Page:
An agricultural mortgage is simply a type of mortgage designed to help people buy farmland or farm buildings. Agricultural mortgages can also be used to fund improvements or extensions to existing farm land or properties.
Many people look to buy agricultural land because they are planning to set up a business. Others, on the other hand, want to own a smallholding and become self-sufficient by growing their own food and keeping animals.
Securing a mortgage on agricultural land can be more difficult, but it’s certainly possible. You’re likely to find it easier to get accepted for an agricultural mortgage if you have a large deposit – usually between 20% and 50%. Exactly how much you need will depend on the lender and the value of the land and/or properties, as well as the strength of your business plan and how much income you expect to make.
You are also more likely to be successful if the land already has planning permission, you have an excellent credit rating and a high income.
A few high-street banks such as RBS and Barclays offer agricultural mortgages, or alternatively you can speak to a specialist lender.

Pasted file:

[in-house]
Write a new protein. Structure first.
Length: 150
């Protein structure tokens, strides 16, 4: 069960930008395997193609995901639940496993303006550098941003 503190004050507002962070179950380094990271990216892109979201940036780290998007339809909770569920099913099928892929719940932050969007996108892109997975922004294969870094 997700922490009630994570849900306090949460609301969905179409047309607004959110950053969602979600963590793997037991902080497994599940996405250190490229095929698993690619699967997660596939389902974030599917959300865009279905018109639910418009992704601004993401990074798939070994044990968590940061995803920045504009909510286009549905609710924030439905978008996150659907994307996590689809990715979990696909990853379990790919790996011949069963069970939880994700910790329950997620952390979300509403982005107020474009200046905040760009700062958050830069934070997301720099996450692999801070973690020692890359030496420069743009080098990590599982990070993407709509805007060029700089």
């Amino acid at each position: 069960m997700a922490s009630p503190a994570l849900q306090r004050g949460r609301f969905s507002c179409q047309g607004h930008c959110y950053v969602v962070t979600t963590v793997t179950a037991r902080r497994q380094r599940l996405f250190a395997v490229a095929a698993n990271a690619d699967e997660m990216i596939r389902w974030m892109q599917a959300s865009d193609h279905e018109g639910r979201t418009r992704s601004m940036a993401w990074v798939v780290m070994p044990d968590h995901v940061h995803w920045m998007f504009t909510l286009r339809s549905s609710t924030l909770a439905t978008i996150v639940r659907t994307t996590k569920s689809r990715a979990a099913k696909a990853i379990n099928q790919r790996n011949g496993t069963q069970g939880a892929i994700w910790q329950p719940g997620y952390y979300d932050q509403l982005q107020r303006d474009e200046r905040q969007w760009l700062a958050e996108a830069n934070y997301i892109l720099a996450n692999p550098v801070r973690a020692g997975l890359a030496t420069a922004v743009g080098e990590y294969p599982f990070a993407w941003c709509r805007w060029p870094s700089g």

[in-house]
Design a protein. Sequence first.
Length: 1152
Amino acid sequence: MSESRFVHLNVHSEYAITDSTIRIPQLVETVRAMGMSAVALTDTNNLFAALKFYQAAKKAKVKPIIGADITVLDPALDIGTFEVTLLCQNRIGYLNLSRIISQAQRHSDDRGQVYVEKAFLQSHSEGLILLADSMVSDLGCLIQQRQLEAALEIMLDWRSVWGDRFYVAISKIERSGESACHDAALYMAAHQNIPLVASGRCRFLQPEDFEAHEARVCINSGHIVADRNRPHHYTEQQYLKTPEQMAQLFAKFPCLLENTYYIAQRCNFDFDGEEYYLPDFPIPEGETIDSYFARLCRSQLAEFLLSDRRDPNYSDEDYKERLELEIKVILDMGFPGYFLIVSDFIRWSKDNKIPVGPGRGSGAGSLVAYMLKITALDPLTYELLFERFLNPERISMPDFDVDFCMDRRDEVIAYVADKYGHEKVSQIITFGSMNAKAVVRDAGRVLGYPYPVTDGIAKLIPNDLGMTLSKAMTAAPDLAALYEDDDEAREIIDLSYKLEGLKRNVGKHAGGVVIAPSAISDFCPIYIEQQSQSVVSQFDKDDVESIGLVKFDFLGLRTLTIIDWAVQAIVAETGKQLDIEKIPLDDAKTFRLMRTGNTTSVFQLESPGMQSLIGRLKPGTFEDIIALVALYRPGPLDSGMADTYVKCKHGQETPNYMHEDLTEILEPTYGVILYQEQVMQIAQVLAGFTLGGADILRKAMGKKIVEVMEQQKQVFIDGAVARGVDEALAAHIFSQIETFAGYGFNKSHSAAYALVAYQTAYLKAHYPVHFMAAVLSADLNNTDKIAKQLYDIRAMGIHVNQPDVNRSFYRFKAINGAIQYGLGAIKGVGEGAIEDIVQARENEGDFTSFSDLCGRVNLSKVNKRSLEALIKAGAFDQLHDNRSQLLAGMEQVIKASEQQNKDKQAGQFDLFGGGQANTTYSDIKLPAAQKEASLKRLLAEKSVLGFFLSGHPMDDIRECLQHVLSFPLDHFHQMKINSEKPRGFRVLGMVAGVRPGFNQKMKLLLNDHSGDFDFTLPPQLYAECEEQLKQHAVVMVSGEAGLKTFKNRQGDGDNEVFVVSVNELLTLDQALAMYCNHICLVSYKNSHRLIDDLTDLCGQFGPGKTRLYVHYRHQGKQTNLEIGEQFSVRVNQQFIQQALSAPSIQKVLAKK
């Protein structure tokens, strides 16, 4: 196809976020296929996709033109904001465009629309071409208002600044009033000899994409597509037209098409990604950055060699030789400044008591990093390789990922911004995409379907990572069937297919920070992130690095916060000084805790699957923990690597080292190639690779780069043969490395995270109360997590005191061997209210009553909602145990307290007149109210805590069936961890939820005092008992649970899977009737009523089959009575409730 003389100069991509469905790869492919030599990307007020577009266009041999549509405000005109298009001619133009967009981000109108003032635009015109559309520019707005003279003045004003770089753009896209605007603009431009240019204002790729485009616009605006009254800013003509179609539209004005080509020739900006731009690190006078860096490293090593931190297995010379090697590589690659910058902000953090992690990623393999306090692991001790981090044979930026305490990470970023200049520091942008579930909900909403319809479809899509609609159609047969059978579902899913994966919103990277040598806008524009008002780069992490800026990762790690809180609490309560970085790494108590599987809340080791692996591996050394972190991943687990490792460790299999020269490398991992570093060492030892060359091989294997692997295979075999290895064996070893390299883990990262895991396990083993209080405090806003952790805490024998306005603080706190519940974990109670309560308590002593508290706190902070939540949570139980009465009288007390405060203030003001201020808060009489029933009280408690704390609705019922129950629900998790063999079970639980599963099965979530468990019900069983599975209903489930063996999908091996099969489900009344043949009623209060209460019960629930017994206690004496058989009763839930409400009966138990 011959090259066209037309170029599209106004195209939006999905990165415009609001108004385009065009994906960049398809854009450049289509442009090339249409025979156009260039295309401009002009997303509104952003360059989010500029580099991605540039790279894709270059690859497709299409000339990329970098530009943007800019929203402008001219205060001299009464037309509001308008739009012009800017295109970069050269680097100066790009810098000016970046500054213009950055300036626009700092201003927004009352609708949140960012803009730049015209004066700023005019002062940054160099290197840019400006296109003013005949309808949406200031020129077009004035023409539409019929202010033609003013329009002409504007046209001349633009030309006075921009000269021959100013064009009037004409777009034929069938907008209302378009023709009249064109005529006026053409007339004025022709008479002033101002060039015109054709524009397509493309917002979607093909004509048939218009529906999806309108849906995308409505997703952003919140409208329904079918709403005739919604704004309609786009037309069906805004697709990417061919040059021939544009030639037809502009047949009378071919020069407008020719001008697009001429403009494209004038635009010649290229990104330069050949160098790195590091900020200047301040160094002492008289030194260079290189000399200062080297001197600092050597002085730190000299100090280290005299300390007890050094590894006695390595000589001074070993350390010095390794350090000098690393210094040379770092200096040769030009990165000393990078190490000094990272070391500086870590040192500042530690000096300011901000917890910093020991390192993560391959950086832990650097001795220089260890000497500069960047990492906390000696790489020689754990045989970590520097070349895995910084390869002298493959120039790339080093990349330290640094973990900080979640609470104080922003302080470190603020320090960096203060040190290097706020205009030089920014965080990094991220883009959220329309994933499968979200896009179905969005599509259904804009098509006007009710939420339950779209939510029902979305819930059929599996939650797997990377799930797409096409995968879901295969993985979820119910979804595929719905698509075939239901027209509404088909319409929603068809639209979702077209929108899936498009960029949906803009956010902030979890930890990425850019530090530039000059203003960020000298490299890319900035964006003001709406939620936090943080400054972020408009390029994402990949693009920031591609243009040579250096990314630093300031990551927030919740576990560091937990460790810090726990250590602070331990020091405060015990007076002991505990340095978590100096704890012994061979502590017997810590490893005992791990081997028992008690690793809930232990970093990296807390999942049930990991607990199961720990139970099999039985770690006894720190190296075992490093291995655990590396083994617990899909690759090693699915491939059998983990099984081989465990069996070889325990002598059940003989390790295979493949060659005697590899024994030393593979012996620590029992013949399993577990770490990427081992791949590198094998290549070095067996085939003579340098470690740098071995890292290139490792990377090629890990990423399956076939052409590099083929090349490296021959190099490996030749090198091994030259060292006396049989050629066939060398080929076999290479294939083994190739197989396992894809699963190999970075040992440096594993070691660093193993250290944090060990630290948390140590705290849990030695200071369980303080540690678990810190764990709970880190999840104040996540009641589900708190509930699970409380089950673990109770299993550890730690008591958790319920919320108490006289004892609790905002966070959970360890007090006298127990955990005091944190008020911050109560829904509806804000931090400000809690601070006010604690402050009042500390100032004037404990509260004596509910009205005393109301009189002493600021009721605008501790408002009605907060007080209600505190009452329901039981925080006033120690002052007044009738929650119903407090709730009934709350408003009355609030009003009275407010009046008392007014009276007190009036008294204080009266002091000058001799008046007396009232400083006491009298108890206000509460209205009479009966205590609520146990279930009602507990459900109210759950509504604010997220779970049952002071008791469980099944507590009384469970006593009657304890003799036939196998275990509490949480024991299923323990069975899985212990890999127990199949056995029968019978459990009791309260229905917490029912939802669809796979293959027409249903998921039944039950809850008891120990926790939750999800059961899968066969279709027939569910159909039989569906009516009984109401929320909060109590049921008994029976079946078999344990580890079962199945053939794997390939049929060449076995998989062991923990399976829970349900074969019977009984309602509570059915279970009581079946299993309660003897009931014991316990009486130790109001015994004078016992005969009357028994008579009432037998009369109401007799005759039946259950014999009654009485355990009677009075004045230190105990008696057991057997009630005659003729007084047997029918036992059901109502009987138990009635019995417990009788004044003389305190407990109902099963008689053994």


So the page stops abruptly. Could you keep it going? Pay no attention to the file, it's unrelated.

The majority of people looking to buy land wish to do so in order to build their dream home. Because the property does not yet exist, you won’t be able to take out a standard residential mortgage. Instead, you’ll need to apply for a self-build mortgage.
Self-build mortgages, as the name suggests, are designed to fund a property you are building yourself. Rather than receiving the funds in one lump sum, you’ll receive them in stages as different parts of the build are completed. Lenders choose to do this to reduce the amount of risk they are taking on and ensure the money is spent as planned.
Payments will usually be released when you:
Purchase the land
Lay the foundations
Construct the shell of the building
Complete plastering, plumbing and electrical wiring